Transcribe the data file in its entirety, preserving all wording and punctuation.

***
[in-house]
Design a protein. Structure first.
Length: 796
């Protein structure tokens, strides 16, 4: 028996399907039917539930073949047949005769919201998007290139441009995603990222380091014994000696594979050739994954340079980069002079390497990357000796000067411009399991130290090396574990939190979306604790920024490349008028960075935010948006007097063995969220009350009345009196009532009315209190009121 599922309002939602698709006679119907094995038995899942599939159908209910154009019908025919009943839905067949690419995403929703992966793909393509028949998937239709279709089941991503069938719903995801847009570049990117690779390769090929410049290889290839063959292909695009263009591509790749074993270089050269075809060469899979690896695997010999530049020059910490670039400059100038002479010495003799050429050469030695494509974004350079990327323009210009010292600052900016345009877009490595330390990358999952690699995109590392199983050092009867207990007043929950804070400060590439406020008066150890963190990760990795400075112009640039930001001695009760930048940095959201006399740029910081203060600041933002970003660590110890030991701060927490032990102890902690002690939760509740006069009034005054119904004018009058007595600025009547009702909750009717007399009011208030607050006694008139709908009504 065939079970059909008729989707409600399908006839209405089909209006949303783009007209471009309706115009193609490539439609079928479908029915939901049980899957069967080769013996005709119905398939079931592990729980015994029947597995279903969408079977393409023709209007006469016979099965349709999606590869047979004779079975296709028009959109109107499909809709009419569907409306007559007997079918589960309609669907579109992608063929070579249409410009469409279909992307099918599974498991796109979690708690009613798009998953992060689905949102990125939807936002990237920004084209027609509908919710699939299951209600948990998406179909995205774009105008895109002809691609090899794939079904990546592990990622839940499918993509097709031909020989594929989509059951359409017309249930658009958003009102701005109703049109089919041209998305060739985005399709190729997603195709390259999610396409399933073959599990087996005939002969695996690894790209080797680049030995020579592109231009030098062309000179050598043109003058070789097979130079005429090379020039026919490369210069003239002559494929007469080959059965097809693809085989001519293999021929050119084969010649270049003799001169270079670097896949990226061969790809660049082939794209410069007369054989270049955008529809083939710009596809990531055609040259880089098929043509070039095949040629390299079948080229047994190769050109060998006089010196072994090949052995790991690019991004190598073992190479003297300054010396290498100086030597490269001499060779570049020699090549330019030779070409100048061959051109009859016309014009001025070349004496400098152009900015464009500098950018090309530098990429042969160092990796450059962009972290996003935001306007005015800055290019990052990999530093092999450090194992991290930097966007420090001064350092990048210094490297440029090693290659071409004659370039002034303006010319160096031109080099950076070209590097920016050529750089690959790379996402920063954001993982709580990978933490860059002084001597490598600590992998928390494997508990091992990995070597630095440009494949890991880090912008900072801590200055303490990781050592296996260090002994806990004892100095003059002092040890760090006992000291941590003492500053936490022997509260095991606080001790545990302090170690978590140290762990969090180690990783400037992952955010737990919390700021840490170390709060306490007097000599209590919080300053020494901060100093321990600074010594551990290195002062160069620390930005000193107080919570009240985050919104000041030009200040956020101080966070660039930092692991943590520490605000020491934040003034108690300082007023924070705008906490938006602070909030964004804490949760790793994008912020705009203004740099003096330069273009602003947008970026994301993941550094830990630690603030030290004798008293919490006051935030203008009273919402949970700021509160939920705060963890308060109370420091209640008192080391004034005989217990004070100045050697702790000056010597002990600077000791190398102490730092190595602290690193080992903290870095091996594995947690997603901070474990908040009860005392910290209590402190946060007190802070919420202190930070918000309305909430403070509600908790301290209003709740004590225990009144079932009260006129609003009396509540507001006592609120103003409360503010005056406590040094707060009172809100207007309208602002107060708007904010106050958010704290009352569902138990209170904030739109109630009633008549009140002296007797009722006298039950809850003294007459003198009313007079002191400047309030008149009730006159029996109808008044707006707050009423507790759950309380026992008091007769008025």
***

[in-house]
Design a protein. Structure first.
Length: 796
């Protein structure tokens, strides 16, 4: 028996399907039917539930073949047949005769919201998007290139441009995603990222380091014994000696594979050739994954340079980069002079390497990357000796000067411009399991130290090396574990939190979306604790920024490349008028960075935010948006007097063995969220009350009345009196009532009315209190009121 599922309002939602698709006679119907094995038995899942599939159908209910154009019908025919009943839905067949690419995403929703992966793909393509028949998937239709279709089941991503069938719903995801847009570049990117690779390769090929410049290889290839063959292909695009263009591509790749074993270089050269075809060469899979690896695997010999530049020059910490670039400059100038002479010495003799050429050469030695494509974004350079990327323009210009010292600052900016345009877009490595330390990358999952690699995109590392199983050092009867207990007043929950804070400060590439406020008066150890963190990760990795400075112009640039930001001695009760930048940095959201006399740029910081203060600041933002970003660590110890030991701060927490032990102890902690002690939760509740006069009034005054119904004018009058007595600025009547009702909750009717007399009011208030607050006694008139709908009504 065939079970059909008729989707409600399908006839209405089909209006949303783009007209471009309706115009193609490539439609079928479908029915939901049980899957069967080769013996005709119905398939079931592990729980015994029947597995279903969408079977393409023709209007006469016979099965349709999606590869047979004779079975296709028009959109109107499909809709009419569907409306007559007997079918589960309609669907579109992608063929070579249409410009469409279909992307099918599974498991796109979690708690009613798009998953992060689905949102990125939807936002990237920004084209027609509908919710699939299951209600948990998406179909995205774009105008895109002809691609090899794939079904990546592990990622839940499918993509097709031909020989594929989509059951359409017309249930658009958003009102701005109703049109089919041209998305060739985005399709190729997603195709390259999610396409399933073959599990087996005939002969695996690894790209080797680049030995020579592109231009030098062309000179050598043109003058070789097979130079005429090379020039026919490369210069003239002559494929007469080959059965097809693809085989001519293999021929050119084969010649270049003799001169270079670097896949990226061969790809660049082939794209410069007369054989270049955008529809083939710009596809990531055609040259880089098929043509070039095949040629390299079948080229047994190769050109060998006089010196072994090949052995790991690019991004190598073992190479003297300054010396290498100086030597490269001499060779570049020699090549330019030779070409100048061959051109009859016309014009001025070349004496400098152009900015464009500098950018090309530098990429042969160092990796450059962009972290996003935001306007005015800055290019990052990999530093092999450090194992991290930097966007420090001064350092990048210094490297440029090693290659071409004659370039002034303006010319160096031109080099950076070209590097920016050529750089690959790379996402920063954001993982709580990978933490860059002084001597490598600590992998928390494997508990091992990995070597630095440009494949890991880090912008900072801590200055303490990781050592296996260090002994806990004892100095003059002092040890760090006992000291941590003492500053936490022997509260095991606080001790545990302090170690978590140290762990969090180690990783400037992952955010737990919390700021840490170390709060306490007097000599209590919080300053020494901060100093321990600074010594551990290195002062160069620390930005000193107080919570009240985050919104000041030009200040956020101080966070660039930092692991943590520490605000020491934040003034108690300082007023924070705008906490938006602070909030964004804490949760790793994008912020705009203004740099003096330069273009602003947008970026994301993941550094830990630690603030030290004798008293919490006051935030203008009273919402949970700021509160939920705060963890308060109370420091209640008192080391004034005989217990004070100045050697702790000056010597002990600077000791190398102490730092190595602290690193080992903290870095091996594995947690997603901070474990908040009860005392910290209590402190946060007190802070919420202190930070918000309305909430403070509600908790301290209003709740004590225990009144079932009260006129609003009396509540507001006592609120103003409360503010005056406590040094707060009172809100207007309208602002107060708007904010106050958010704290009352569902138990209170904030739109109630009633008549009140002296007797009722006298039950809850003294007459003198009313007079002191400047309030008149009730006159029996109808008044707006707050009423507790759950309380026992008091007769008025």